- Male Maternity in Michel Tournier's Le Roi des Aulnes
Inspired in part by the Book of Genesis and Plato's Banquet, Michel Tournier's myth of Adam before the Fall as an androgynous "porte-femme et porte-enfant, perpétuellement en proie à une transe érotique—possédant-possédé" ( RA 90)1 expresses the author's utopian nostalgia for sexual self-sufficiency and wholeness. Marriage, patriarchy's attempt to solder the three, this "trilogie dipienne" (Monès 587)—man/woman/child—back together again into the original family unit is, in his view, a "solution dérisoire" ( RA 26).2 Of all human bonds between adults, the heterosexual one is the weakest, held together coercively by inequality and obligatory gender roles, both of which widen further the already existing rift between differing, if not incompatible, individuals. Alternative solutions, such as identical twin, lesbian and homosexual couples, circumvent gender distinctions. But they prove to be merely pale approximations of lasting self-containment and one-ness. Lacking always one of the two genders and of course the child, these couples cannot complete the initial threesome that was united by a human bond stronger than any other, since it was both and at the same time erotic and maternal.
In Le Roi des Aulnes (The Erl-King), Tournier turns his attention to the only other possible human bond, that between an adult and a child, which he expresses through his image of the pédophore, a man carrying a (male) child on his shoulders. The metaphor is obviously a variant of that of the "grand ancêtre androgyne" ( RA 90), imbued with the same nostalgic yearning. Tournier explores the similarities between Adam and Abel Tiffauges with tenderness and a great deal of humor. Firstly, their gender is ambivalent. While both are male, they are far [End Page 69] from masculine. Adam is hermaphrodite, and Abel, microgénitomorphe, "au seuil de l'impuissance" (16). Secondly, although male, both are "porte-enfant," therefore female. The woman is not so much absent as she is subsumed. Motherhood is a physical attribute of Adam: he is a mother (and a father). Through his "perversion"3 and vocation of la phorie (from the Greek pherein: to carry), Abel too is a mother of sorts. Tournier playfully exploits the double meaning of "porter un enfant": to carry a child and to be pregnant. Thirdly, while being adults, both are also children. Adam is a child: it is one-third of his physical make-up. Abel too is physically and intimately connected to the child: as the antlers are part of a stag, so the child on his shoulders seems to him a continuation, an extension of his body. And by a kind of diffusion, the child's proximity lets Abel share in its pre-pubescent innocence. And finally, the child completes them, makes them whole, as men. In the case of Adam, the child is physical proof of his virility. For Abel, the child, like the antlers, is the phallus that reaches proudly upward rather than hides, shrunken, in the lower regions of his body. And so Abel, as Tournier painstakingly shows, succeeds in attaining to some degree Adam's utopian state by the mere holding of a child.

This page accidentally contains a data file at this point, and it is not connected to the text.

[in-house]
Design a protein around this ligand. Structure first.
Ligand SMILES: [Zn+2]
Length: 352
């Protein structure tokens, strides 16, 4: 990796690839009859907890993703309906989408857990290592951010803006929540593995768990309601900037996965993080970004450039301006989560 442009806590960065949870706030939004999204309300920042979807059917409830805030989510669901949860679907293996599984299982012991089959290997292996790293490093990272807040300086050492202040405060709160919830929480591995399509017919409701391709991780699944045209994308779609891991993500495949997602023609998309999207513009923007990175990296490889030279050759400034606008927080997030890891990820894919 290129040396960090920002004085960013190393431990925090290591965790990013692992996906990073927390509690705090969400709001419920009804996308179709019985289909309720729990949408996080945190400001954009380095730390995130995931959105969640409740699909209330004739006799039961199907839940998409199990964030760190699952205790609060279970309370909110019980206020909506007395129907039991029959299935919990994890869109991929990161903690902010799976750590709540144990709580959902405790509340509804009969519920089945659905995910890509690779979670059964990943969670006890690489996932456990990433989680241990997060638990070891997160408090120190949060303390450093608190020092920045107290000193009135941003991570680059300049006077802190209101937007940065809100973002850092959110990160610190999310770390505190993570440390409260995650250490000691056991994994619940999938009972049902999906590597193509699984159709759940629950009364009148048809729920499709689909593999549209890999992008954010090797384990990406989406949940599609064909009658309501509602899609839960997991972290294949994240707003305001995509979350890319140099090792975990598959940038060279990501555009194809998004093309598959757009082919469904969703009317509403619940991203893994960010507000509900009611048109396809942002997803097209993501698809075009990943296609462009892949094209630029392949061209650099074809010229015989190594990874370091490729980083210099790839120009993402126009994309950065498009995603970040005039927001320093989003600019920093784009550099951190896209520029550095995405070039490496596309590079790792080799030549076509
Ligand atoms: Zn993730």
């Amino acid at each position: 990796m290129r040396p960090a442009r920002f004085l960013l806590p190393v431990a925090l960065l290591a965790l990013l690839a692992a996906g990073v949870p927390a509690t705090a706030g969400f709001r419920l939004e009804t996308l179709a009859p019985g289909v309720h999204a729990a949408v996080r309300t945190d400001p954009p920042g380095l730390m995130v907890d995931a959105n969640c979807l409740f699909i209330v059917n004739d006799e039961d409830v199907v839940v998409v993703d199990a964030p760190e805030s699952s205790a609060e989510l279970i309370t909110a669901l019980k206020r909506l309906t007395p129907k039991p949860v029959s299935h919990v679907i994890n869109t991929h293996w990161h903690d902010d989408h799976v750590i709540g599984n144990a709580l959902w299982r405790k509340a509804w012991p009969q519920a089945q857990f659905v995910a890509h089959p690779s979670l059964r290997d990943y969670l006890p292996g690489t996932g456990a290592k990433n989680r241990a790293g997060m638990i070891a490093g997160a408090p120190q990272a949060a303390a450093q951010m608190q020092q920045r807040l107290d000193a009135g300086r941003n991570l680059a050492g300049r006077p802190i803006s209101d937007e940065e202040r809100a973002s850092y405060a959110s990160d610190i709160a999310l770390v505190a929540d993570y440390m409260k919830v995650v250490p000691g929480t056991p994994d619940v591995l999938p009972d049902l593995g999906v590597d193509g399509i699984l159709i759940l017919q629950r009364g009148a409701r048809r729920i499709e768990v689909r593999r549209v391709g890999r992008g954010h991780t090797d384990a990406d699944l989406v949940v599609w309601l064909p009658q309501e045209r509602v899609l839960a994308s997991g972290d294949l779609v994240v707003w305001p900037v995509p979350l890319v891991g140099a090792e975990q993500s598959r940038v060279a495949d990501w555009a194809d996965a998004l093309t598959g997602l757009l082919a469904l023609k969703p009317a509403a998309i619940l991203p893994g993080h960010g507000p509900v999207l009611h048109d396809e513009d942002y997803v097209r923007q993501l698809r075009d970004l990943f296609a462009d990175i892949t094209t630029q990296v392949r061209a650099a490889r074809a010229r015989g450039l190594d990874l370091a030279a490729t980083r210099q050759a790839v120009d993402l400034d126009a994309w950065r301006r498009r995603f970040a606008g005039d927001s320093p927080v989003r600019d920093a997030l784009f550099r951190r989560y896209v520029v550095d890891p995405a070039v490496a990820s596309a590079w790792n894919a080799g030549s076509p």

What is the nature of Abel's bond with a child that makes it more satisfying than any relationship he could have with an adult? In his postscript to Le Roi des Aulnes, Philippe de Monès points to part of the answer by defining Abel's phorie as "la vocation suprême de l'homme: le porte-enfant, l'homme-mère" (Monès 592). The novel does in fact describe the act of carrying a child as a profoundly maternal one. And it goes without saying that maternity is first and foremost tender solicitude. But, like all mothers, Abel is also a sexual being; the ambiguity of la phorie resides in the fact that it meets Abel's maternal and erotic needs. What makes Tournier's insights into maternity so unique (some would say skewed) is that they are based on a man's experience of it. To ascribe to la phorie the paradoxical...